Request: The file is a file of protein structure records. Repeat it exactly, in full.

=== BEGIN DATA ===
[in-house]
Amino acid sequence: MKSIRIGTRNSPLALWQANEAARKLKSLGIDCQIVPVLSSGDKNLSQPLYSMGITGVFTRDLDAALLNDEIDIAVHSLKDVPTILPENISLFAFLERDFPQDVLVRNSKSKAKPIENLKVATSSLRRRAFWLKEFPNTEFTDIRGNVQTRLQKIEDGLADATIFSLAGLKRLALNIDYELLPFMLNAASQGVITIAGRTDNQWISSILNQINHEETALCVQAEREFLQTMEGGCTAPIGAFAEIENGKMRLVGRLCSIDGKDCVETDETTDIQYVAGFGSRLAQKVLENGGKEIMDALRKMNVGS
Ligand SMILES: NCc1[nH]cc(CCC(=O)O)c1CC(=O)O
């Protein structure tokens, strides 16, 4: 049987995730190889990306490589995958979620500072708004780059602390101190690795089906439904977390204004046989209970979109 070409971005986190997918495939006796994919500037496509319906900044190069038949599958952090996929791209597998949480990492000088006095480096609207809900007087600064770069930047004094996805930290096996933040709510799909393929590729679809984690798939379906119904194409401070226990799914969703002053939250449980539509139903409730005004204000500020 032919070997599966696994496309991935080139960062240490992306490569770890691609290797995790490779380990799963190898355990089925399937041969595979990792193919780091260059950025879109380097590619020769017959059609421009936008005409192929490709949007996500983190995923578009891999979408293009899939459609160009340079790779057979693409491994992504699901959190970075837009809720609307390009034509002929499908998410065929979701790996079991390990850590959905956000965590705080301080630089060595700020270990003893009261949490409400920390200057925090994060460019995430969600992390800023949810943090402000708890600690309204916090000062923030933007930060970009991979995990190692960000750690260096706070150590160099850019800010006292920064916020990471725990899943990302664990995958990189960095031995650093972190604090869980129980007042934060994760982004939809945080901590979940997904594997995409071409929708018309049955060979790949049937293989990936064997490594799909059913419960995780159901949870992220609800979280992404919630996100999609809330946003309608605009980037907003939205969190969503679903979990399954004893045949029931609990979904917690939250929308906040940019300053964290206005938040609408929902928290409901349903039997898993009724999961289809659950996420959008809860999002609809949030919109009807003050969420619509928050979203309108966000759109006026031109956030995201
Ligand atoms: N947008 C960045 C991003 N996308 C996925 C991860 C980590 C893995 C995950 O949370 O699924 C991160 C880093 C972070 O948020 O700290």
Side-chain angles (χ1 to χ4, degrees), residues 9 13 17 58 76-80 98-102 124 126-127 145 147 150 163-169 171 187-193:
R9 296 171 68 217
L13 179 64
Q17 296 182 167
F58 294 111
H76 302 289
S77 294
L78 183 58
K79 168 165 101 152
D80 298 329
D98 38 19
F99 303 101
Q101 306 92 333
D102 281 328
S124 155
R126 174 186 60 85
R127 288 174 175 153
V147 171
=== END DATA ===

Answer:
[in-house]
Amino acid sequence: MKSIRIGTRNSPLALWQANEAARKLKSLGIDCQIVPVLSSGDKNLSQPLYSMGITGVFTRDLDAALLNDEIDIAVHSLKDVPTILPENISLFAFLERDFPQDVLVRNSKSKAKPIENLKVATSSLRRRAFWLKEFPNTEFTDIRGNVQTRLQKIEDGLADATIFSLAGLKRLALNIDYELLPFMLNAASQGVITIAGRTDNQWISSILNQINHEETALCVQAEREFLQTMEGGCTAPIGAFAEIENGKMRLVGRLCSIDGKDCVETDETTDIQYVAGFGSRLAQKVLENGGKEIMDALRKMNVGS
Ligand SMILES: NCc1[nH]cc(CCC(=O)O)c1CC(=O)O
């Protein structure tokens, strides 16, 4: 049987995730190889990306490589995958979620500072708004780059602390101190690795089906439904977390204004046989209970979109 070409971005986190997918495939006796994919500037496509319906900044190069038949599958952090996929791209597998949480990492000088006095480096609207809900007087600064770069930047004094996805930290096996933040709510799909393929590729679809984690798939379906119904194409401070226990799914969703002053939250449980539509139903409730005004204000500020 032919070997599966696994496309991935080139960062240490992306490569770890691609290797995790490779380990799963190898355990089925399937041969595979990792193919780091260059950025879109380097590619020769017959059609421009936008005409192929490709949007996500983190995923578009891999979408293009899939459609160009340079790779057979693409491994992504699901959190970075837009809720609307390009034509002929499908998410065929979701790996079991390990850590959905956000965590705080301080630089060595700020270990003893009261949490409400920390200057925090994060460019995430969600992390800023949810943090402000708890600690309204916090000062923030933007930060970009991979995990190692960000750690260096706070150590160099850019800010006292920064916020990471725990899943990302664990995958990189960095031995650093972190604090869980129980007042934060994760982004939809945080901590979940997904594997995409071409929708018309049955060979790949049937293989990936064997490594799909059913419960995780159901949870992220609800979280992404919630996100999609809330946003309608605009980037907003939205969190969503679903979990399954004893045949029931609990979904917690939250929308906040940019300053964290206005938040609408929902928290409901349903039997898993009724999961289809659950996420959008809860999002609809949030919109009807003050969420619509928050979203309108966000759109006026031109956030995201
Ligand atoms: N947008 C960045 C991003 N996308 C996925 C991860 C980590 C893995 C995950 O949370 O699924 C991160 C880093 C972070 O948020 O700290």
Side-chain angles (χ1 to χ4, degrees), residues 9 13 17 58 76-80 98-102 124 126-127 145 147 150 163-169 171 187-193:
R9 296 171 68 217
L13 179 64
Q17 296 182 167
F58 294 111
H76 302 289
S77 294
L78 183 58
K79 168 165 101 152
D80 298 329
D98 38 19
F99 303 101
Q101 306 92 333
D102 281 328
S124 155
R126 174 186 60 85
R127 288 174 175 153
V147 171